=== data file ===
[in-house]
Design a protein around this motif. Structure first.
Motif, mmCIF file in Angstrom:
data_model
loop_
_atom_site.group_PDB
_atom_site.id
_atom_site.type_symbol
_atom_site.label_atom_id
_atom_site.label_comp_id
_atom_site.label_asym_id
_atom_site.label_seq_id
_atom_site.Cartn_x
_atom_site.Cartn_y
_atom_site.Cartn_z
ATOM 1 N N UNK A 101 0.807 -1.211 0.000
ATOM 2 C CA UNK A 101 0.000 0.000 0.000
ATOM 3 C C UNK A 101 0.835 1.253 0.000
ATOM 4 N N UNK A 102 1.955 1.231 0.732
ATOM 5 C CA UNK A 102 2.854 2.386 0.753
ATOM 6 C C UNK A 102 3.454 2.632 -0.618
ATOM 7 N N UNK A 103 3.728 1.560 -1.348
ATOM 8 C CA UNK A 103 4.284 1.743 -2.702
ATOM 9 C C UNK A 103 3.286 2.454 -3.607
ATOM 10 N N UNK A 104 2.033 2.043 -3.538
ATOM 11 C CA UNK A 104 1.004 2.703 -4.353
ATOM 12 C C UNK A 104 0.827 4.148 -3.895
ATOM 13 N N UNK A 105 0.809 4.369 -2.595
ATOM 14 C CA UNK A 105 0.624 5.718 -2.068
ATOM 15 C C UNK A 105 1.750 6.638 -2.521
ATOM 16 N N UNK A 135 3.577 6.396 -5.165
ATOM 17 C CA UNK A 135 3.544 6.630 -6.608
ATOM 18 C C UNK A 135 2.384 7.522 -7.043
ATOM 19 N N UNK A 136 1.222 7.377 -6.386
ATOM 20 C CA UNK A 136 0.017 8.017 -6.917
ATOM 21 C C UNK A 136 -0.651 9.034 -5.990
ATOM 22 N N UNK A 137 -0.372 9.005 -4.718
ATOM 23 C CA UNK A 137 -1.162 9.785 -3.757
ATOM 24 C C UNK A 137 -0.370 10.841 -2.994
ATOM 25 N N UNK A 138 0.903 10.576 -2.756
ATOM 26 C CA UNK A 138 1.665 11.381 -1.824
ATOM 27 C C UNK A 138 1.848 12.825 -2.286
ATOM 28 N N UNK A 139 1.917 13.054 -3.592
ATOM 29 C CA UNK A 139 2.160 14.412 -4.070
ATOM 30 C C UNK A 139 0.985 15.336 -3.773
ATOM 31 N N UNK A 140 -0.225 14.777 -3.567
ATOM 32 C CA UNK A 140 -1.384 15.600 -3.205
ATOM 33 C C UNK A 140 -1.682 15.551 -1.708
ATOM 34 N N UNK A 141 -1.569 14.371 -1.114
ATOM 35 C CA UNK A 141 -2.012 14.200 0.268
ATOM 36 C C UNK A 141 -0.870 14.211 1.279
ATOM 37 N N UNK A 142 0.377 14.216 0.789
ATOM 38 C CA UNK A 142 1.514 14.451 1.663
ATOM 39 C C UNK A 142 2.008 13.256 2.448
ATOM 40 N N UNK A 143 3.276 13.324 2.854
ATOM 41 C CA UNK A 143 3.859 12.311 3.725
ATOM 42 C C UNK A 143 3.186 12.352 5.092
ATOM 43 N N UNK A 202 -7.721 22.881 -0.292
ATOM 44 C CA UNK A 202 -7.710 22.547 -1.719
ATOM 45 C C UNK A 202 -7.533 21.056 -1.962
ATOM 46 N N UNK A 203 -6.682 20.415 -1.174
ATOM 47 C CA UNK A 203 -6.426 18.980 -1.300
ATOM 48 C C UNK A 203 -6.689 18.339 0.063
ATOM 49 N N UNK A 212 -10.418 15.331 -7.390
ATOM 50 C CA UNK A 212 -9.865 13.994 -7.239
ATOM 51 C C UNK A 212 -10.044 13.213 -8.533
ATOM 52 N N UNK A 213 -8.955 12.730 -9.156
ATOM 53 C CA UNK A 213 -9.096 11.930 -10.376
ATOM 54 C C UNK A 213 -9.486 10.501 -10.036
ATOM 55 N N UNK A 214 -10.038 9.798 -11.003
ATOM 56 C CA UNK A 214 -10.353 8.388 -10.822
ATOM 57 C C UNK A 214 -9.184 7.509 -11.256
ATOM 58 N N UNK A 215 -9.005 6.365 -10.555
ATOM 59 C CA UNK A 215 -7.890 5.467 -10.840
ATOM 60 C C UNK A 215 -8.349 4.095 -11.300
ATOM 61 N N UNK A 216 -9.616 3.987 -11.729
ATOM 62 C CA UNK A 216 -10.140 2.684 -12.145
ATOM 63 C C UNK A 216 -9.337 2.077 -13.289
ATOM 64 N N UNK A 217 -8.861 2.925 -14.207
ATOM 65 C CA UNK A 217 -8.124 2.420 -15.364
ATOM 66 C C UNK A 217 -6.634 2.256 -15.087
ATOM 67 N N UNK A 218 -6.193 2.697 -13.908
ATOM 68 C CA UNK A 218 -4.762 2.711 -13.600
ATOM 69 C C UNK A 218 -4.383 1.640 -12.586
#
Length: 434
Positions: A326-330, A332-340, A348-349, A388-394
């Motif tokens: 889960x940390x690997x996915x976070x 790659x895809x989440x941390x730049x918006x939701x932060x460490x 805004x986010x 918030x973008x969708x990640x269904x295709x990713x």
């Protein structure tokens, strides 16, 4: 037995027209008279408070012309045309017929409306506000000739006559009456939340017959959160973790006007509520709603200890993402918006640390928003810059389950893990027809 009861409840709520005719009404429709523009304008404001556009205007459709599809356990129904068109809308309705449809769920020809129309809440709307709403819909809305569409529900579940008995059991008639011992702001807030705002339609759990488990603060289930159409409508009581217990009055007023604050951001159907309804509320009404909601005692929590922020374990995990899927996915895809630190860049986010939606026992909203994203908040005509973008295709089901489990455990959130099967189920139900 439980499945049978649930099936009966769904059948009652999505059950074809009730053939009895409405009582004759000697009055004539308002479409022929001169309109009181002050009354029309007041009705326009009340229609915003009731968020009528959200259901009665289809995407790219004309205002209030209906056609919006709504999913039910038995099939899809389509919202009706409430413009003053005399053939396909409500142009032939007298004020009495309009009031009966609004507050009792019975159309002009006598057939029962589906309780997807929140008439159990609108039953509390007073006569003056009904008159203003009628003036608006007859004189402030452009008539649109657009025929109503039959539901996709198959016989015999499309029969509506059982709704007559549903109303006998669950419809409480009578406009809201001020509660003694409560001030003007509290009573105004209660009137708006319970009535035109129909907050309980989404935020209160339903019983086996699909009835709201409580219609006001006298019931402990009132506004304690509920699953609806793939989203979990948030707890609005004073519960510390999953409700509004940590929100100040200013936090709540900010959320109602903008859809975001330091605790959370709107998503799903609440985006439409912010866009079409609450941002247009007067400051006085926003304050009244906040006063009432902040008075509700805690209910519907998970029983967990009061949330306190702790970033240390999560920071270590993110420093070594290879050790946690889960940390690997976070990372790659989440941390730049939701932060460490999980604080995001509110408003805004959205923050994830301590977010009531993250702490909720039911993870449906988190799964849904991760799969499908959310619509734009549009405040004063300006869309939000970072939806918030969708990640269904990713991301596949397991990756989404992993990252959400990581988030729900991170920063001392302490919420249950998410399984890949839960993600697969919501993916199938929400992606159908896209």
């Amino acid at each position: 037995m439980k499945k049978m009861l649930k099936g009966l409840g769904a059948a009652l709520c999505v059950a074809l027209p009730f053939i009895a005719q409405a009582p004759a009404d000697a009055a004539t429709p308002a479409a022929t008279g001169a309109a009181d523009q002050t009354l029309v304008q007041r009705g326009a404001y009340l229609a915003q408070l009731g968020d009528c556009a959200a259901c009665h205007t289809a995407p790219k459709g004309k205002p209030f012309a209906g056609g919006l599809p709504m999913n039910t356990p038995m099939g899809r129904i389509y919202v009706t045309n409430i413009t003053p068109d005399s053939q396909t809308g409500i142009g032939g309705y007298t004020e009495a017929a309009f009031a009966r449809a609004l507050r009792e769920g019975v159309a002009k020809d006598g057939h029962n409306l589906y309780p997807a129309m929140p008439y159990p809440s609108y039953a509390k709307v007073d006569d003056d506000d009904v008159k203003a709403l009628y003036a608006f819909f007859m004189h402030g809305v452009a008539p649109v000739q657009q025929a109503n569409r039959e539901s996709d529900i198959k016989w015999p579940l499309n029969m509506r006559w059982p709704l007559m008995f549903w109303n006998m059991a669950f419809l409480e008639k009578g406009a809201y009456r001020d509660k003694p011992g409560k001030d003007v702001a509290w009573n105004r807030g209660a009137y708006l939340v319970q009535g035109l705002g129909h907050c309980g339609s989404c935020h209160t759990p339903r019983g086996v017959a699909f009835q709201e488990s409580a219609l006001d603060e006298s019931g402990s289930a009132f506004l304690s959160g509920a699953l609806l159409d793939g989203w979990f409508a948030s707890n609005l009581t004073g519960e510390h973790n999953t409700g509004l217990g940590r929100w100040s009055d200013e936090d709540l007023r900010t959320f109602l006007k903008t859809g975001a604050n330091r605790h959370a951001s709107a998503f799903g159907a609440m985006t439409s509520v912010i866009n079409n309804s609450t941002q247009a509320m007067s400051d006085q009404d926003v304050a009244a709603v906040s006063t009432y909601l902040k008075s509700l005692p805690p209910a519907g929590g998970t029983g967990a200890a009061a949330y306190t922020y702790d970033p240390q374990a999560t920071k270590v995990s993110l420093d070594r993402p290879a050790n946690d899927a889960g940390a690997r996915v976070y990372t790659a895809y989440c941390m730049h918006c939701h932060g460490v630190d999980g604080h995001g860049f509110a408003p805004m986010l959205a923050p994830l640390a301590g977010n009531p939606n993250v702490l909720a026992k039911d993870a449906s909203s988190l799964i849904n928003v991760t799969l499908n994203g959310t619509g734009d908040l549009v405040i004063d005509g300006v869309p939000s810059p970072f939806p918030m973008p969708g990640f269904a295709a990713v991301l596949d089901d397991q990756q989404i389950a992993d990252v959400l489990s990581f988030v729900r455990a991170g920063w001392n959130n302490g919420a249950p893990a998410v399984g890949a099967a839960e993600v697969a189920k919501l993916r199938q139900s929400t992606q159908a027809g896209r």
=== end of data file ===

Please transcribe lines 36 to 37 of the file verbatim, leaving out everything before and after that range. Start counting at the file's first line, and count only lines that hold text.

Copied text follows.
ATOM 21 C C UNK A 136 -0.651 9.034 -5.990
ATOM 22 N N UNK A 137 -0.372 9.005 -4.718